So far, we have seen that the Lord’s anointing in 1 Samuel 16 is presented as an act of God’s choosing, and that his choosing is counter-intuitive to us, for “man looks on the outward appearance, but the Lord looks on the heart. (16:7)” This reiterates what the Lord, through Samuel, had spoken to Saul in judgment of his kingship: “now your kingdom shall not continue. The Lord has sought out a man after his own heart” (13:14). But what is the anointing of the Lord? Firstly, it is a ritual act of inauguration into three typical offices in ancient Israel: prophet (1 Kings 19:6); priest (Exodus 40:15); and king (1 Samuel 9:16). The rite made use of oil, as we see with Samuel’s horn of oil, and signified the Lord setting apart an individual for divine service: a divine appointment for a special role. This is why even objects could be anointed with oil, signifying their consecration for use in religious service (Exodus 30:26).

It is important for us to see that the power was not in the oil itself, but in the choosing and setting apart by God. For individuals, the anointing of oil was an outward rite to signify an inward reality of divine appointment, empowerment, and protection. The implication of David’s anointing is immediately evident: “the Spirit of the Lord rushed upon David from that day forward. (16:13)” Though we know from David’s story he was not a perfect king, the New Testament confirms that he was, indeed, a man after God’s heart (Acts 13:22). In contrast to Saul, “now the Spirit of the Lord departed from Saul (16:14)”, David’s life was marked by God’s presence. Saul’s own court said of David, “the Lord is with him (16:18)”, and throughout his life this was a repeated observation (see 1 Samuel 18:12,14,28; 2 Samuel 5:10; 2 Samuel 7:3,9).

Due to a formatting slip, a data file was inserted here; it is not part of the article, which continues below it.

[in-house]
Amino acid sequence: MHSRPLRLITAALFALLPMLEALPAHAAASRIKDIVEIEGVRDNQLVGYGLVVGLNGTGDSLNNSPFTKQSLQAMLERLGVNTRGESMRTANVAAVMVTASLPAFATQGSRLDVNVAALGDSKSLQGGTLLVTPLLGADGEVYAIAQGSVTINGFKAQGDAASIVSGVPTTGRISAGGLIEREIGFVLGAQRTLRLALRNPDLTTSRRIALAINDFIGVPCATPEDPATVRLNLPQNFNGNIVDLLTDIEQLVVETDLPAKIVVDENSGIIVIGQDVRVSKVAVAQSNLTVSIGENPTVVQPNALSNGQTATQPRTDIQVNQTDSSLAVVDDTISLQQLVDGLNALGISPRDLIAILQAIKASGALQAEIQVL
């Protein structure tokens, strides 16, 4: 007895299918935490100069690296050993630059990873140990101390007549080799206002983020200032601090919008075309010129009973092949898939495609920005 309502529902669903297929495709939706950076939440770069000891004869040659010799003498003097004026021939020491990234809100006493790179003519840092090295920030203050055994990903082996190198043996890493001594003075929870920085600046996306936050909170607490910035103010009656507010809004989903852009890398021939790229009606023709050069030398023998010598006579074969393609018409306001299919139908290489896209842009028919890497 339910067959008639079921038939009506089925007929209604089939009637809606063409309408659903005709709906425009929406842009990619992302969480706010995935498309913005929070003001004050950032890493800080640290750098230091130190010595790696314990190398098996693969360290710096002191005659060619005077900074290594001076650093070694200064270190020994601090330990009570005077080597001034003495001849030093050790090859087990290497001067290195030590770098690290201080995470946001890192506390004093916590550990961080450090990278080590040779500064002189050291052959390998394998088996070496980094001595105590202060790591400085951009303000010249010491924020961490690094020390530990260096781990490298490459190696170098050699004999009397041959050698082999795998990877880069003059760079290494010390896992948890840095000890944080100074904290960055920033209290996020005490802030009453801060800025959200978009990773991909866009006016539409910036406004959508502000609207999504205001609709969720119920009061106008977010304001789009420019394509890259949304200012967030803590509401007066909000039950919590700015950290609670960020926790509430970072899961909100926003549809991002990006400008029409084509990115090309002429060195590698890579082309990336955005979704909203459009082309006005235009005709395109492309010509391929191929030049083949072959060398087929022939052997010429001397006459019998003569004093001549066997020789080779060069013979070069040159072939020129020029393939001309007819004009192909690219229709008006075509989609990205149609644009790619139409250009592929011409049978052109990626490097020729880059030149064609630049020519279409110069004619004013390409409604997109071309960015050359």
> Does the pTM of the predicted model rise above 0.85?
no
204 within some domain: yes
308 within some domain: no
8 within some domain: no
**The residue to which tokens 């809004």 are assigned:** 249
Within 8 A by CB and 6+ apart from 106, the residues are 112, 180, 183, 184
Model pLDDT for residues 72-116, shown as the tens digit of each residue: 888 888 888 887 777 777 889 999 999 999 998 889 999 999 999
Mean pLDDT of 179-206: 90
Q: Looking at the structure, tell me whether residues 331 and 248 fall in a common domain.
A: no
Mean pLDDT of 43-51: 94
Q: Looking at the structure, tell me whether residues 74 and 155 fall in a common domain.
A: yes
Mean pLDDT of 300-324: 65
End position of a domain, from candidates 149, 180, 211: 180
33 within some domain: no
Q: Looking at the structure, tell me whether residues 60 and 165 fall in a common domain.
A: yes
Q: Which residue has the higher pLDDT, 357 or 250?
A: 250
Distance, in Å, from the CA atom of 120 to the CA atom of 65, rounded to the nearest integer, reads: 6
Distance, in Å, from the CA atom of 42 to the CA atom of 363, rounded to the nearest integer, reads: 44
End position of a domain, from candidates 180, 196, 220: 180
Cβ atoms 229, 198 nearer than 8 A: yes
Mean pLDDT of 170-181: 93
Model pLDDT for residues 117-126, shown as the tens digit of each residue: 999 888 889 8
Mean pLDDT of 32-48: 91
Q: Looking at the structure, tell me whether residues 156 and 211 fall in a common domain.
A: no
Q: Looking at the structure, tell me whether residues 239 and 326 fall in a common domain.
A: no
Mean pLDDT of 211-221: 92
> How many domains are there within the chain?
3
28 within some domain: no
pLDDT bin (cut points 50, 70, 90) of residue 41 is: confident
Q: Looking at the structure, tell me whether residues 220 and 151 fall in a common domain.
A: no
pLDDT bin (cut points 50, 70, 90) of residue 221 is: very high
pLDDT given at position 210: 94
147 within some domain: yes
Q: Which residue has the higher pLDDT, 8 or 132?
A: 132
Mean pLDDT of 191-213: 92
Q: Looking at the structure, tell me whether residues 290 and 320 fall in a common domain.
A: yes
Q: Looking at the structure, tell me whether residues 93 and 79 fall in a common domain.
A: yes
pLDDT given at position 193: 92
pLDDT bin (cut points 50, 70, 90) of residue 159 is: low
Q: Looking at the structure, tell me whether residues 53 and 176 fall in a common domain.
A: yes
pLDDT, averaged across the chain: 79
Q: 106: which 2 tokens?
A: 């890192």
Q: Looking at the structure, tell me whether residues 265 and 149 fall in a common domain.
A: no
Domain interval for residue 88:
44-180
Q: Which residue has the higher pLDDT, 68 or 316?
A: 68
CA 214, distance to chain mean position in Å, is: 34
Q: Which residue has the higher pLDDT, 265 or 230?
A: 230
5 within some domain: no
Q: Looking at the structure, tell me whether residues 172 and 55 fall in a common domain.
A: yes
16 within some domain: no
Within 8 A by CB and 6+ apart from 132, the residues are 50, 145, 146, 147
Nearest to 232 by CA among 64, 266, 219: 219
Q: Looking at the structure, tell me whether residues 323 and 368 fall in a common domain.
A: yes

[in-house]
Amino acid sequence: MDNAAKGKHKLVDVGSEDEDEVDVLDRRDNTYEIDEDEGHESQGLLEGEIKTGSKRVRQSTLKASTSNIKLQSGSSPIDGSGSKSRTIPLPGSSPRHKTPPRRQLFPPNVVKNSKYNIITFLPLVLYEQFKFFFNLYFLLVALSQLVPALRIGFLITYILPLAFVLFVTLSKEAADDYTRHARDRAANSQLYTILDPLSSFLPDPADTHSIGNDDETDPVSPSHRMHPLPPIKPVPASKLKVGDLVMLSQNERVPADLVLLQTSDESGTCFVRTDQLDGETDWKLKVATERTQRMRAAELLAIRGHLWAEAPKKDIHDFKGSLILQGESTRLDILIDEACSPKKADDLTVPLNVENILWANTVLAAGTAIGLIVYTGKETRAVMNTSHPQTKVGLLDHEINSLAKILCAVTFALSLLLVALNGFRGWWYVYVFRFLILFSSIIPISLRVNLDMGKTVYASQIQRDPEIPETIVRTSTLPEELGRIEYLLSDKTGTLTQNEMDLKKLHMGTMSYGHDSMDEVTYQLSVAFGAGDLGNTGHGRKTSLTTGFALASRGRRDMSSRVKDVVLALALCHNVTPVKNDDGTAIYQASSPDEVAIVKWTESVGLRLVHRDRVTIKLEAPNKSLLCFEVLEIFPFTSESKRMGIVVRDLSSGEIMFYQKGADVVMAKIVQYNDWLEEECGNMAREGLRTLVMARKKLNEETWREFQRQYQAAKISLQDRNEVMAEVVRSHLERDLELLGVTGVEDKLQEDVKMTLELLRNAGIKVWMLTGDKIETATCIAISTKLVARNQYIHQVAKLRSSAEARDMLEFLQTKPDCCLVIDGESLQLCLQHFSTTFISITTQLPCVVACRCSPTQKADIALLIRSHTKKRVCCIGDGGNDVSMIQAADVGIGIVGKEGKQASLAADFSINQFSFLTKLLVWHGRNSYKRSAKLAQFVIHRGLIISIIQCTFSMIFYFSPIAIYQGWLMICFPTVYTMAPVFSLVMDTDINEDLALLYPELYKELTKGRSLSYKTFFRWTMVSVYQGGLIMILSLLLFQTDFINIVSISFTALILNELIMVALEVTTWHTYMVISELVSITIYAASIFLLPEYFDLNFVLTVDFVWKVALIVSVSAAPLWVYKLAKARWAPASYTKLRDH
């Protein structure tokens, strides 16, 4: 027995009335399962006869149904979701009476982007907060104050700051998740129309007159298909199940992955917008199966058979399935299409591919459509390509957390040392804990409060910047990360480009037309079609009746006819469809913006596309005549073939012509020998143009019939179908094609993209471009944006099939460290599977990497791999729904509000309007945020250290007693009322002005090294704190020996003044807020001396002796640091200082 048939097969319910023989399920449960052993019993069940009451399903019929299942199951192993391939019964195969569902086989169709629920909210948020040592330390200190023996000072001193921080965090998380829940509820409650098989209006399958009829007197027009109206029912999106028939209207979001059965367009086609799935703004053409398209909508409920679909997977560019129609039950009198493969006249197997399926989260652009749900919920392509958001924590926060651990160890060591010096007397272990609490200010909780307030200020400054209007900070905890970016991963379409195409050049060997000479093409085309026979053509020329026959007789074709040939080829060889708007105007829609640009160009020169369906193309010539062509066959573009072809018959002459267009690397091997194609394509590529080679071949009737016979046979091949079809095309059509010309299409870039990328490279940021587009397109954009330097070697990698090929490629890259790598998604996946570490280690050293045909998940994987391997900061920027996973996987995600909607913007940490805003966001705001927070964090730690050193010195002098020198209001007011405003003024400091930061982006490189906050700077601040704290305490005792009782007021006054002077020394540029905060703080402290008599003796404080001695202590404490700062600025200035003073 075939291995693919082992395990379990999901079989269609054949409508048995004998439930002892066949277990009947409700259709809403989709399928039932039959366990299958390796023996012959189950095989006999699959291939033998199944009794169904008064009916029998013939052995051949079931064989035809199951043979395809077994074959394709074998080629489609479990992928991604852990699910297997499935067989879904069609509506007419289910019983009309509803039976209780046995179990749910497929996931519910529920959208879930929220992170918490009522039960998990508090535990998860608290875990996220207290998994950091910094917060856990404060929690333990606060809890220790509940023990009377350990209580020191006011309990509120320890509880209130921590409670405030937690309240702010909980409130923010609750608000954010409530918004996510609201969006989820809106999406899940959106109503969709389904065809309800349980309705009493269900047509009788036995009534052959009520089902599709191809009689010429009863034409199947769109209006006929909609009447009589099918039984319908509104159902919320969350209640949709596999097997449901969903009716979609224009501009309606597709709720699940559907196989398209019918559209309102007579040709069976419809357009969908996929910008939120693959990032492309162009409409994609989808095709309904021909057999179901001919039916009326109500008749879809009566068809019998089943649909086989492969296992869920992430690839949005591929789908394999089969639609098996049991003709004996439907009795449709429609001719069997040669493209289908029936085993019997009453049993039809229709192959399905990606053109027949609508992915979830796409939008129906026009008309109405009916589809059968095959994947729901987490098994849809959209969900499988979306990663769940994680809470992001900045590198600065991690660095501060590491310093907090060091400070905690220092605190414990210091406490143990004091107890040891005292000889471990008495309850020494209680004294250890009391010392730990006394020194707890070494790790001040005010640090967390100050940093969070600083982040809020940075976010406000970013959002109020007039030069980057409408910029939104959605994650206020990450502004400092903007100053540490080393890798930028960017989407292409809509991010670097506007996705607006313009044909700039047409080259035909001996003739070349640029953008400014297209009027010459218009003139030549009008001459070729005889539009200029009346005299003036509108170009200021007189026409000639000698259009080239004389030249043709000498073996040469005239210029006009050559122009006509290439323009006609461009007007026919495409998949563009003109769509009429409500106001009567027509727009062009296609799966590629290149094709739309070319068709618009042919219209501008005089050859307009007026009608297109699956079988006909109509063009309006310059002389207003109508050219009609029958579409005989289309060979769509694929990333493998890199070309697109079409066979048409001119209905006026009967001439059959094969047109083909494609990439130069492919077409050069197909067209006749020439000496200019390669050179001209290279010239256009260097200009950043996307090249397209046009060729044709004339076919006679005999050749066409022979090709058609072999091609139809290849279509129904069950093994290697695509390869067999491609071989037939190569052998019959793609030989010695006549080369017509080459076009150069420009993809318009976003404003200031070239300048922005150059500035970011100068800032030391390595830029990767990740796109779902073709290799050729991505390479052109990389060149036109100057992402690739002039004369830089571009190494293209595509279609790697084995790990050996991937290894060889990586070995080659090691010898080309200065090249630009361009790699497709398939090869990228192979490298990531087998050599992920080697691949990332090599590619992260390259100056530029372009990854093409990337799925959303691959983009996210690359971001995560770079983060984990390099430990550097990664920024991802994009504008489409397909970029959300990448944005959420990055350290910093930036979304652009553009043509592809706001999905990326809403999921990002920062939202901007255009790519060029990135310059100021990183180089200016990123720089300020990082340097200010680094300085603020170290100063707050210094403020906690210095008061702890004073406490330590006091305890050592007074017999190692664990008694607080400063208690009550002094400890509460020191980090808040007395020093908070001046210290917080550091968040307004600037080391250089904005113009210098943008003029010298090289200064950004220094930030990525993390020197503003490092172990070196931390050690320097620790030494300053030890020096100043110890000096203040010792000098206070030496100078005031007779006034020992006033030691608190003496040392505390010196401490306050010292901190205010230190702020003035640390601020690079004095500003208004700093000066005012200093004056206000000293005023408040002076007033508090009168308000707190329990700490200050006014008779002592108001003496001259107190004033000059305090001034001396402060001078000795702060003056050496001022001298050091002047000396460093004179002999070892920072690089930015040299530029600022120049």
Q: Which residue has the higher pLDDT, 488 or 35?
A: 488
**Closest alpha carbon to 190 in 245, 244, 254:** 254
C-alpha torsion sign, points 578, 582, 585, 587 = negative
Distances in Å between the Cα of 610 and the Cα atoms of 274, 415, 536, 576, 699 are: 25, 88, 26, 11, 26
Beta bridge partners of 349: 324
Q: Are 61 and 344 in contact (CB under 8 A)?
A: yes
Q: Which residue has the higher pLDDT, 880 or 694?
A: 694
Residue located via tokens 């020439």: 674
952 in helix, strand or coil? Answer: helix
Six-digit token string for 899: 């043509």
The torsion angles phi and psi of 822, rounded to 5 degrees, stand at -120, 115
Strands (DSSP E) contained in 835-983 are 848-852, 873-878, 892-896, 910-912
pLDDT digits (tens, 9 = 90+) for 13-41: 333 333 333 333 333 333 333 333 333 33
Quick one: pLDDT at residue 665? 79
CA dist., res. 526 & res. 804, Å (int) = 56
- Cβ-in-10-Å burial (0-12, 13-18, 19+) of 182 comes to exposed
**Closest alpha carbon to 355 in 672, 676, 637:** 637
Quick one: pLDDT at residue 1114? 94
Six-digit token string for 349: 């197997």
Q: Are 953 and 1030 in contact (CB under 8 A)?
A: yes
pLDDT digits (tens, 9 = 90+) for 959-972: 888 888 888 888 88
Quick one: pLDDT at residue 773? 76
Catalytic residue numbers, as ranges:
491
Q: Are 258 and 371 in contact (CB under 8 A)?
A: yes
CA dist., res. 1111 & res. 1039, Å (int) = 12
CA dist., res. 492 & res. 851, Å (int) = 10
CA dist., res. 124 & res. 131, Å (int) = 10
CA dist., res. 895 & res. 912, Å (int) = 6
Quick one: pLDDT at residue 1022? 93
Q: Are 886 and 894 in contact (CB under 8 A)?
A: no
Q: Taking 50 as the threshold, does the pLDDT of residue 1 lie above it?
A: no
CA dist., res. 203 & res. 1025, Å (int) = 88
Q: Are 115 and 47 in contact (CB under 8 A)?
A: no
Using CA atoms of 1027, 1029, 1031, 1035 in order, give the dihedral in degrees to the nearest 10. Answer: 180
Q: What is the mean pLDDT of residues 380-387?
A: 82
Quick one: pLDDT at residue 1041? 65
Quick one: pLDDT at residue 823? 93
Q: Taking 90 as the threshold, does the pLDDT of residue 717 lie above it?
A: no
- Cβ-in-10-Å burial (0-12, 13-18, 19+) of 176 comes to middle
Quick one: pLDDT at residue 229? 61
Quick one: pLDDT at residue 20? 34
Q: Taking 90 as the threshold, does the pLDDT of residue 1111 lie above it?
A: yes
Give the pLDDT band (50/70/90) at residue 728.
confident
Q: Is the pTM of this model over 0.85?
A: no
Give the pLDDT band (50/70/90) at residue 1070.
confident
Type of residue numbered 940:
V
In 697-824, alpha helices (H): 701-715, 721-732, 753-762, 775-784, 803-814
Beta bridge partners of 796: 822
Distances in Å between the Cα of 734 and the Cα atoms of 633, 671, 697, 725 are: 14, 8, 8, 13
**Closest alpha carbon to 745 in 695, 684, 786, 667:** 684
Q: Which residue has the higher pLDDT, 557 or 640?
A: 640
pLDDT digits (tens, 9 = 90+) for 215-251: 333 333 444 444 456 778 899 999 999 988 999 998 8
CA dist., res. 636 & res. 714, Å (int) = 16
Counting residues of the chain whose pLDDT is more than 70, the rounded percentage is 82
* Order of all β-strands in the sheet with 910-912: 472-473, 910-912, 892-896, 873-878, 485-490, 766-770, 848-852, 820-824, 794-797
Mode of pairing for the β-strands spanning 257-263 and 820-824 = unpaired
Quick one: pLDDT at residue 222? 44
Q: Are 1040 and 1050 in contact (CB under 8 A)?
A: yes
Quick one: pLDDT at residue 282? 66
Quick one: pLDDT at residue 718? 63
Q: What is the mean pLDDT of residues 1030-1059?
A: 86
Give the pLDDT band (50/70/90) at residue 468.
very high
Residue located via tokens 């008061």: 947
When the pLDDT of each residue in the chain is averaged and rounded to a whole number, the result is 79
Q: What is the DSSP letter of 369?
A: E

Something to Apply:

Just in case you are thinking, “well that is all well and good for God’s favourites like David, but what about a regular Joe (or Jill) like me?” We will close the week tomorrow with some encouraging thoughts on anointing from a Christian perspective, but in the meantime please note that David wasn’t anyone special. His father’s household was not noteworthy or wealthy; his lineage questionable; his stature (certainly when chosen as a boy) unimpressive. Even his own family had little regard for him. He had one thing going for him – a heart for God! And that is something, as Christians, we can all cultivate.